|Final Brochure: Easy Company: England to the Eagle's Nest||3.67 MB|
“The National WWII Museum provides vivid insight into the “war that changed the world.” But nothing can tell the story of that war more dramatically than a visit to the actual places where victory was fought for and won. Our program allows you to experience these journeys in first-class comfort as you go to the beaches, bridges, cities, and villages where crucial battles took place and history-making decisions were made. Guided by top experts in WWII history and the Museum’s exclusive guides in Normandy, you’ll hear the personal stories and walk in the footsteps of the Citizen Soldiers who fought for the freedom we enjoy today.
- 13-day program featuring four- and five-star accommodations, including porterage
- Full-time Museum historian and journey manager
- The National WWII Museum signature lecture series
- View exclusive archival materials and oral histories regarding Easy Company from The National WWII Museum archives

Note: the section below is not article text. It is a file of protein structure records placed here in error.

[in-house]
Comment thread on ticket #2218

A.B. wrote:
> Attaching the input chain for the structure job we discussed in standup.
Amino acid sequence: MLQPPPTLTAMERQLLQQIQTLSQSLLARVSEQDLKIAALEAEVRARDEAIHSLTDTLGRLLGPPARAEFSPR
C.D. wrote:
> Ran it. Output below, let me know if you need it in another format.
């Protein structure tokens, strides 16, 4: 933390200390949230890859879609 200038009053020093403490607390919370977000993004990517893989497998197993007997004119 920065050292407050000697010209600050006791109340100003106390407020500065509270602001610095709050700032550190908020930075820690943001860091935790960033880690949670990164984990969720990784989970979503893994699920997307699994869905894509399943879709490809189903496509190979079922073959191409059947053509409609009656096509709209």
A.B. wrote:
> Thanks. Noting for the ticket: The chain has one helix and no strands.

- Round-trip airport transfers
- Deluxe motor coach transportation with bottled water
- Hosted welcome reception and dinner with local historians in Aldbourne
- Specially arranged farewell reception and dinner at The Grand Hotel Zell am See
- Gratuities to expert local guides and drivers
- Listening devices for all included touring
- 12 breakfasts, 10 lunches, 9 dinners, 1 reception and all soft drinks
Optional Three Day Pre-Tour Extension Program We’re pleased to offer “Churchill’s London”, a three-day optional pre-tour extension program. Guests will enjoy two-nights at the five-star JW Marriott Grosvenor House Hotel. Steeped in history, WWII brought dramatic changes to this hotel as the hotel’s Great Room became home to the Officers’ Sunday Club Entertainment for 300,000 officers in 1939. The hotel was also used as an annex to the Immigration Section of the US Embassy. In 1943, the hotel became the largest US Officers’ mess, serving 5.5 million meals in two years. This program includes expert led tours of Churchill’s War Rooms, St. Paul’s Cathedral and the Imperial War Museum.